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Book Review: The User Unconscious: On Affect, Media, and Measure by Patricia Ticineto Clough

Book Review: The User Unconscious: On Affect, Media, and Measure by Patricia Ticineto Clough The User Unconscious: On Affect, Media, and Measure , by Patricia Ticineto Clough. University of Minnesota Press, 2018. 209 pp./$100 (hb), $25 (sb). In this collection of previously published essays Patricia T. Clough is taking the measure of what she describes as “[m]oving from the affective turn to the datalogical turn ” (ix). Increasingly concerned with looking at this exact “measure” of affect, or “affect-itself” (3), and proposing to move toward a “datalogical turn,” Clough is in the midst of moving beyond the focus of her prior work, which has so helped define the debate and influence around the notion of “affect,” including Autoaffection: Unconscious Thought in the Age of Technology (2000), The End ( s) of Ethnography: From Realism to Social Criticism (1998), Feminist Thought (1994), and as editor (with Jean Halley) of The Affective Turn: Theorizing the Social (2007). Composed of articles often written for book collections, and other, perhaps less successful, “experimental compositions” (x) that elucidate her collaborative performances and collective artistic works that emerged from this attempted revision of subjectivity and experience, The User Unconscious continues to circle around psychoanalytic notions. Drawing on the work of psychoanalyst Sue Grand, for example, who proposed, “there is a nonhuman stratum to early self experience and thus, the self can accrue a nonhuman physical form” (qtd. xxxi), Clough emphasizes the human psyche’s relation to the nonhuman world. Grand’s idea of the “thing-self,” linked not only to trauma but also to positive cosmological and ecstatic experiences, helps conceptualize what “affect-itself” might look like. For Grand, … http://www.deepdyve.com/assets/images/DeepDyve-Logo-lg.png Afterimage: The Journal of Media Arts and Cultural Criticism University of California Press

Book Review: The User Unconscious: On Affect, Media, and Measure by Patricia Ticineto Clough

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Publisher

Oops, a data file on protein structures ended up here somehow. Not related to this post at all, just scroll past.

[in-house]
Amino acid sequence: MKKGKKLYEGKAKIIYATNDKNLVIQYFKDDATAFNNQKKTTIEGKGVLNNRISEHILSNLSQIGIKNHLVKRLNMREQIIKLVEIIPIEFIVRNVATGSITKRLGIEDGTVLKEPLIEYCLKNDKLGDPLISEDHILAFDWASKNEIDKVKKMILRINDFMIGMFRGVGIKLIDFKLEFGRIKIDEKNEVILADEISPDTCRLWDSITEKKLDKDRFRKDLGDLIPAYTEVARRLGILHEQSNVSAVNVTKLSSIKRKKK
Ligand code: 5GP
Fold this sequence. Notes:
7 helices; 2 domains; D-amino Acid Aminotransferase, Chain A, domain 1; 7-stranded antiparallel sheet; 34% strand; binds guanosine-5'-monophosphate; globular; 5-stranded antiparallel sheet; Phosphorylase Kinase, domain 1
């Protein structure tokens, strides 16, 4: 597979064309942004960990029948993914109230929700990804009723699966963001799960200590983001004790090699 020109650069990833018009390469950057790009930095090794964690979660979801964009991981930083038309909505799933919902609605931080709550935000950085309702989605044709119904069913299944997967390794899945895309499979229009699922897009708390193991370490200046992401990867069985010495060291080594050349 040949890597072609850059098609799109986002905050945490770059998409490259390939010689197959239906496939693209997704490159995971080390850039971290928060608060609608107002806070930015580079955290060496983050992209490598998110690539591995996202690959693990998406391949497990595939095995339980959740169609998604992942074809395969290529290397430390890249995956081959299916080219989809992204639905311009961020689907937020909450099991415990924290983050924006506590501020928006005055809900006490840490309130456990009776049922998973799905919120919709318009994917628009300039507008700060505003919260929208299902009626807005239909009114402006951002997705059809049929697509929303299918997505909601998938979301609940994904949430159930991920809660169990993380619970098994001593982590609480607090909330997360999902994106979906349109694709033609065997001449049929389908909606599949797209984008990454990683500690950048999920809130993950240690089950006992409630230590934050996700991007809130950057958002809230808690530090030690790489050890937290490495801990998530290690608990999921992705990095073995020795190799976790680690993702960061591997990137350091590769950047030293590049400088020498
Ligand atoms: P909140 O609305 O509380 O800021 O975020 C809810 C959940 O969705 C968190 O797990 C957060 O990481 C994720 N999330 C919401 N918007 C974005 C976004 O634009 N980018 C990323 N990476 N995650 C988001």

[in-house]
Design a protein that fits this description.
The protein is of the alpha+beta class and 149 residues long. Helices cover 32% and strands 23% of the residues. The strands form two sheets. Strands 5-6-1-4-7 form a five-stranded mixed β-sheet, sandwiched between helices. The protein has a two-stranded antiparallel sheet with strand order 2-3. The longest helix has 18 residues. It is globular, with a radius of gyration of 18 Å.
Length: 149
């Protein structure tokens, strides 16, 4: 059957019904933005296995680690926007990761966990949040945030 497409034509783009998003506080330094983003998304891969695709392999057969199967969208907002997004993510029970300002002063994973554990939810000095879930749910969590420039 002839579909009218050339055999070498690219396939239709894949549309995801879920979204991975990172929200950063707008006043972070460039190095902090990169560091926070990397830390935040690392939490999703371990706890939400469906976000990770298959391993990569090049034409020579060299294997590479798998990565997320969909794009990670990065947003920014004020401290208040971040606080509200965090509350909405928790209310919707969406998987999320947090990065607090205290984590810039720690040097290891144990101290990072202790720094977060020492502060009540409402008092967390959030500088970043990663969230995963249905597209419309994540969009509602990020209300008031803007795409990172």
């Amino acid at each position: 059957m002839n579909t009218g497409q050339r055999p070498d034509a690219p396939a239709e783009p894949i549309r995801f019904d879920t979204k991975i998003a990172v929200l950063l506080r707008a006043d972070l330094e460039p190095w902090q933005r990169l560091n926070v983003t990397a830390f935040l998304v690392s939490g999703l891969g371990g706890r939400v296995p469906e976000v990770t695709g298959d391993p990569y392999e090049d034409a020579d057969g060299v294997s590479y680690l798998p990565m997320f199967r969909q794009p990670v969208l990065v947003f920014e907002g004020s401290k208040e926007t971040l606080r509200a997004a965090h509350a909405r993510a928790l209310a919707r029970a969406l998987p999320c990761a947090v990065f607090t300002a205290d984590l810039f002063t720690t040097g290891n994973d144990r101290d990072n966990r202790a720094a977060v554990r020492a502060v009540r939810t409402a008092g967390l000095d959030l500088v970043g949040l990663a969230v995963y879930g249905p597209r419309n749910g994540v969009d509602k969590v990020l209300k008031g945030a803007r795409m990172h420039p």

University of California Press
Copyright
© 2019 by The Regents of the University of California. All rights reserved. Please direct all requests for permission to photocopy or reproduce article content through the University of California Press’s Reprints and Permissions web page, https://www.ucpress.edu/journals/reprints-permissions.
eISSN
2578-8531
DOI
10.1525/aft.2019.463012
Publisher site
See Article on Publisher Site

Abstract

The User Unconscious: On Affect, Media, and Measure , by Patricia Ticineto Clough. University of Minnesota Press, 2018. 209 pp./$100 (hb), $25 (sb). In this collection of previously published essays Patricia T. Clough is taking the measure of what she describes as “[m]oving from the affective turn to the datalogical turn ” (ix). Increasingly concerned with looking at this exact “measure” of affect, or “affect-itself” (3), and proposing to move toward a “datalogical turn,” Clough is in the midst of moving beyond the focus of her prior work, which has so helped define the debate and influence around the notion of “affect,” including Autoaffection: Unconscious Thought in the Age of Technology (2000), The End ( s) of Ethnography: From Realism to Social Criticism (1998), Feminist Thought (1994), and as editor (with Jean Halley) of The Affective Turn: Theorizing the Social (2007). Composed of articles often written for book collections, and other, perhaps less successful, “experimental compositions” (x) that elucidate her collaborative performances and collective artistic works that emerged from this attempted revision of subjectivity and experience, The User Unconscious continues to circle around psychoanalytic notions. Drawing on the work of psychoanalyst Sue Grand, for example, who proposed, “there is a nonhuman stratum to early self experience and thus, the self can accrue a nonhuman physical form” (qtd. xxxi), Clough emphasizes the human psyche’s relation to the nonhuman world. Grand’s idea of the “thing-self,” linked not only to trauma but also to positive cosmological and ecstatic experiences, helps conceptualize what “affect-itself” might look like. For Grand, …

Journal

Afterimage: The Journal of Media Arts and Cultural CriticismUniversity of California Press

Published: Sep 3, 2019

References